Flaming Gorge National Recreation Area and Dinosaur National Monument were the only two orange blocks on the Utah map that I hadn’t dragged Emily to yet. I’d been to both more than once as a kid. Papa Casey and Nana had a ranch at Flaming Gorge, and I used to beg to see the dinosaurs in Vernal. It had been a long time. My great-grandparents were dead, and I guess I grew out of dinosaurs. But in the few months of our marriage I=d learned at least one thing: don’t disparage spontaneity. So we packed some clothes, bought some gas and licorice, and drove east.
It wasn’t a long drive. The weather was mild for January. And there’s something refreshing about dying rural towns you can pass through without stopping. They’re picturesque, but don’t require the commitment of a stoplight. We got to Vernal in time for dinner, and were lucky enough to find a restaurant in the parking lot of Motel 6.
“What don’t they understand about medium-well?”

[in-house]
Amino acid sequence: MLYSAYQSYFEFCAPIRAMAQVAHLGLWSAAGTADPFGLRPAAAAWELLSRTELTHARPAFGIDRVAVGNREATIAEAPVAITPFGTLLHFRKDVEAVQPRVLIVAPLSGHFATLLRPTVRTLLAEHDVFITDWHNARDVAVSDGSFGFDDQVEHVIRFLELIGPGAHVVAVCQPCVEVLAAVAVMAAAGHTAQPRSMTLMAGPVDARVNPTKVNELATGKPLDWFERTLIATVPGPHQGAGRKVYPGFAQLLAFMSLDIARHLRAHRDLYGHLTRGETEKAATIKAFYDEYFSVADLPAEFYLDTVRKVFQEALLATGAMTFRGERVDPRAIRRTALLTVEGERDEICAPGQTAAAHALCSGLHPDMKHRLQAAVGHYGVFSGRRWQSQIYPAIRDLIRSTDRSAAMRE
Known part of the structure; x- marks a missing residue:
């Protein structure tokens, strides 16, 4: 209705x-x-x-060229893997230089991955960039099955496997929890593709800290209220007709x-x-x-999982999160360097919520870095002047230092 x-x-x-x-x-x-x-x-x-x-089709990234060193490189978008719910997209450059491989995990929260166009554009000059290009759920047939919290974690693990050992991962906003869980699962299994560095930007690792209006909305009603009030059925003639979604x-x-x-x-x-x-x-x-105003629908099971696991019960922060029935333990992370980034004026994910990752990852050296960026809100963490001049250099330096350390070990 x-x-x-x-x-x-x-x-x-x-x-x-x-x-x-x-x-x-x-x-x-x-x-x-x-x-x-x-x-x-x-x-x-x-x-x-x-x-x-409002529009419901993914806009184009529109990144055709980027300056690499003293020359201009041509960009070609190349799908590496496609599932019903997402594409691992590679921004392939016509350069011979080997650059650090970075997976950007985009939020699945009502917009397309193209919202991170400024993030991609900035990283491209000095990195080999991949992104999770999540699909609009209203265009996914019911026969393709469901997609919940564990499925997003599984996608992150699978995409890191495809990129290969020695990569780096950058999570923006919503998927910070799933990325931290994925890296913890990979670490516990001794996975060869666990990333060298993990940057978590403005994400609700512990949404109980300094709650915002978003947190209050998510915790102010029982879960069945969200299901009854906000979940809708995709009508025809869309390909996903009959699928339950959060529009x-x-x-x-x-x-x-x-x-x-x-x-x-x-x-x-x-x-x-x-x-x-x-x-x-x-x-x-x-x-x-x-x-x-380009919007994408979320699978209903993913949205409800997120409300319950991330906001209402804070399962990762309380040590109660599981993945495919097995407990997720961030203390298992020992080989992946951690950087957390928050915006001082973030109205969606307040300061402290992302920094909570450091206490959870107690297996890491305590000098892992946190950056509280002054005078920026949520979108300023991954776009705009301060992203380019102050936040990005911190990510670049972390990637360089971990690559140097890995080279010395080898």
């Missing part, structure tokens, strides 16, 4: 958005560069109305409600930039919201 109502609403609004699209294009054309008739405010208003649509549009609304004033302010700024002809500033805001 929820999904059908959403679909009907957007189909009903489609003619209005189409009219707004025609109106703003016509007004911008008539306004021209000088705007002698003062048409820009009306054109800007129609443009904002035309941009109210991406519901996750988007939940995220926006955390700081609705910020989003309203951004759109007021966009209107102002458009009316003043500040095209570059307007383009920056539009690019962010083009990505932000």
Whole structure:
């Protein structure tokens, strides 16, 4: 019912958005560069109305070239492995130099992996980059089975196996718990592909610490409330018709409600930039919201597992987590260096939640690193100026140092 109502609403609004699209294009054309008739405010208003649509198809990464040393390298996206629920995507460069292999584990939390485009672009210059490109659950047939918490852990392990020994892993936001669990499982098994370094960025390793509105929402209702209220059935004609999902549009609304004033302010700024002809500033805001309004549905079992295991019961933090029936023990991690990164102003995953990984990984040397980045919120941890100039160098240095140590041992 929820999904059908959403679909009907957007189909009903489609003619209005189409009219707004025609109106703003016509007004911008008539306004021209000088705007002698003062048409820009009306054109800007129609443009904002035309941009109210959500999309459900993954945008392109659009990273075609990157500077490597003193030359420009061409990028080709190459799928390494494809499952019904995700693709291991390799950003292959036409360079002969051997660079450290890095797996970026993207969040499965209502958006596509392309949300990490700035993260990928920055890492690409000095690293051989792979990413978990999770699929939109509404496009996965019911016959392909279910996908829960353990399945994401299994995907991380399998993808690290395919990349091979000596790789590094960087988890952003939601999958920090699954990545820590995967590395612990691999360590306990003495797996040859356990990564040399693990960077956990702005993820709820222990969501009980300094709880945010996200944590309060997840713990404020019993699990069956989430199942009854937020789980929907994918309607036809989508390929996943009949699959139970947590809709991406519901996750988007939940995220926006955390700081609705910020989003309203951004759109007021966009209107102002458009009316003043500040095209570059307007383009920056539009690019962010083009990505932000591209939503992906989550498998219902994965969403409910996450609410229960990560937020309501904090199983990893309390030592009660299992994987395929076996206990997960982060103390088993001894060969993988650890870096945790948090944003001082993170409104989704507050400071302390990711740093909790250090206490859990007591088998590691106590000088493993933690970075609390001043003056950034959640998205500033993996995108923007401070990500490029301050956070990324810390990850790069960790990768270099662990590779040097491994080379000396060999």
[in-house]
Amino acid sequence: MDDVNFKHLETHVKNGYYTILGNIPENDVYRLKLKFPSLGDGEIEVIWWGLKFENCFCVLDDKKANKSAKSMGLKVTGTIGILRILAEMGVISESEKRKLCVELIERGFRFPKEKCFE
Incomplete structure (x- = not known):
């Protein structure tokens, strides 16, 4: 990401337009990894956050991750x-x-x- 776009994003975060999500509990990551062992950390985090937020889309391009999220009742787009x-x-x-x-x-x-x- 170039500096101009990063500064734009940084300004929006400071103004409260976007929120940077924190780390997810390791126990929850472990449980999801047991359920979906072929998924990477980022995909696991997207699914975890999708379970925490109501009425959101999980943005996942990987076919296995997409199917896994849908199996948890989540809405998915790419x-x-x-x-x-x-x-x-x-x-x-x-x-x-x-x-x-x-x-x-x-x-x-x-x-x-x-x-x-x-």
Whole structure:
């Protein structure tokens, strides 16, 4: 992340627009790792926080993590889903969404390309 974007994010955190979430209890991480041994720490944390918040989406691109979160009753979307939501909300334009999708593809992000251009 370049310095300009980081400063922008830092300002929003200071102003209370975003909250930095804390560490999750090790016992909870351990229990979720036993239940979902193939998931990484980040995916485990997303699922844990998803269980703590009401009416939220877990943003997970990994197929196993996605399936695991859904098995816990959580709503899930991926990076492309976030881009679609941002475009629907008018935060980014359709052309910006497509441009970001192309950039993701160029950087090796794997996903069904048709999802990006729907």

“Maybe they thought you said medium-rare.”
“Shh. Honey, here they come.”
Both the waitress and the cook came up to our table. “Alright, let’s see if this is okay for you.” The waitress slid the plate down in front of me.
I stuck my fork into the steak and made a cut with my knife. They had given it a charred, brittle rind but it was still wet and red in the middle. I looked up at Emily, and without turning to the waitress and cook said it would be fine.
The big cook in his nasty apron leaned forward. “You sure? Cause if it=s not done enough I’ll do it again.” He said it politely, but I still felt like he was bullying me.
“No, no. That’s okay. It=s fine.”
The waitress and cook left and Emily laughed. “Are your going to eat that?”
“Well, we’re paying for it. I’m not going to throw it away.”
The brochure I took from the check-in desk claimed there were some fabulous petroglyphs just northwest of Vernal, and I was anxious to get some pictures. I didn’t mention to Emily the short hike we would have to make to see them. She was already annoyed at having to wake up early.